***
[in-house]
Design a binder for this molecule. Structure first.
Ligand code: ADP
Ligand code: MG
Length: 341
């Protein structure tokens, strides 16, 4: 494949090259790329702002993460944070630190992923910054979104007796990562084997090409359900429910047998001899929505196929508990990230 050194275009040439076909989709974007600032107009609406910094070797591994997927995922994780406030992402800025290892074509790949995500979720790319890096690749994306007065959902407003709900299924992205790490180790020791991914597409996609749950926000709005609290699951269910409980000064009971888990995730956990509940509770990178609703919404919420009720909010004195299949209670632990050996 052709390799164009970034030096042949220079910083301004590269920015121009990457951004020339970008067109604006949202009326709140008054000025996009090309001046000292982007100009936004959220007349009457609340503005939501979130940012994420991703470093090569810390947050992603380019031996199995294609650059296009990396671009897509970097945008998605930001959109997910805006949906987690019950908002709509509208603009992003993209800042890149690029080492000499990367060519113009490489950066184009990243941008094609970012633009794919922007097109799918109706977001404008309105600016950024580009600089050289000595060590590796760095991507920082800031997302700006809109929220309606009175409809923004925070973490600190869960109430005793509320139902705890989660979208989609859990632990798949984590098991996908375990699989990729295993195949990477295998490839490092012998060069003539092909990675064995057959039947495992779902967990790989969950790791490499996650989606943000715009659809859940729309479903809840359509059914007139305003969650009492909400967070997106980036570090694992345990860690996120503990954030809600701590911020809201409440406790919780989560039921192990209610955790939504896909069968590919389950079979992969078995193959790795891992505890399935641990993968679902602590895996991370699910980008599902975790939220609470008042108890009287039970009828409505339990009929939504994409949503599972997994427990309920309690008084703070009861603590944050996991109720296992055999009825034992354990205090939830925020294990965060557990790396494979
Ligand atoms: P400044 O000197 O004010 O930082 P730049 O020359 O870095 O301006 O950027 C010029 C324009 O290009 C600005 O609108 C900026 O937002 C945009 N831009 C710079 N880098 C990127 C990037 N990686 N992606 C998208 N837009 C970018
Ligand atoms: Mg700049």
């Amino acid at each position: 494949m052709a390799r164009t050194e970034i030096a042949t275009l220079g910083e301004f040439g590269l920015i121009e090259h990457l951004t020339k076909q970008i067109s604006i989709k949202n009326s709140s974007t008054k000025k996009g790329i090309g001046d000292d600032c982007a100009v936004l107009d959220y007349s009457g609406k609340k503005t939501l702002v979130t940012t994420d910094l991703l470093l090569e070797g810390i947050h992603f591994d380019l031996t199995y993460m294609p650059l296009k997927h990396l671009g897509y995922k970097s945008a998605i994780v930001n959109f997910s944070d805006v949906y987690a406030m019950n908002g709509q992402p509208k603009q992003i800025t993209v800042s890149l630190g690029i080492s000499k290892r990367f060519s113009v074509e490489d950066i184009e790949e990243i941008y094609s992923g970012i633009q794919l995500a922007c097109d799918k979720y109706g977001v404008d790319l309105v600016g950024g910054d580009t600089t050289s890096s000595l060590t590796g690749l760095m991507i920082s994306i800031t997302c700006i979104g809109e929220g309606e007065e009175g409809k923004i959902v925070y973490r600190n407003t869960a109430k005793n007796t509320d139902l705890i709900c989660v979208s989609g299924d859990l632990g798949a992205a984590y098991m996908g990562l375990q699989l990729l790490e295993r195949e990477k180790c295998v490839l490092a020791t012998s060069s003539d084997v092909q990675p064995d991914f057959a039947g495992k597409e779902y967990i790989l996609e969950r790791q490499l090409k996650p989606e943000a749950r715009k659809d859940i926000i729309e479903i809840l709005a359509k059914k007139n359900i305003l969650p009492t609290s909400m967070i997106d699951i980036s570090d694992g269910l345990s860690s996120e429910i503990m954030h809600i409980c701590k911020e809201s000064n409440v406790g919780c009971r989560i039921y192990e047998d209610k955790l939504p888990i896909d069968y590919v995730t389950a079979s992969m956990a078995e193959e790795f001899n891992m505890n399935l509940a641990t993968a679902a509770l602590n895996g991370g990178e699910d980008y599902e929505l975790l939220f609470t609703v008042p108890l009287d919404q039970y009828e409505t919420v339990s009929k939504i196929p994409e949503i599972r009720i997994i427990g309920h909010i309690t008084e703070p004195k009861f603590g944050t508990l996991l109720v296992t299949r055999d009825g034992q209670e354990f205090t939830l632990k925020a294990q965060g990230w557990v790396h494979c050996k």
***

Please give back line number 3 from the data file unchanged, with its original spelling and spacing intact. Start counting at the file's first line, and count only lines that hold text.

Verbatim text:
Ligand code: ADP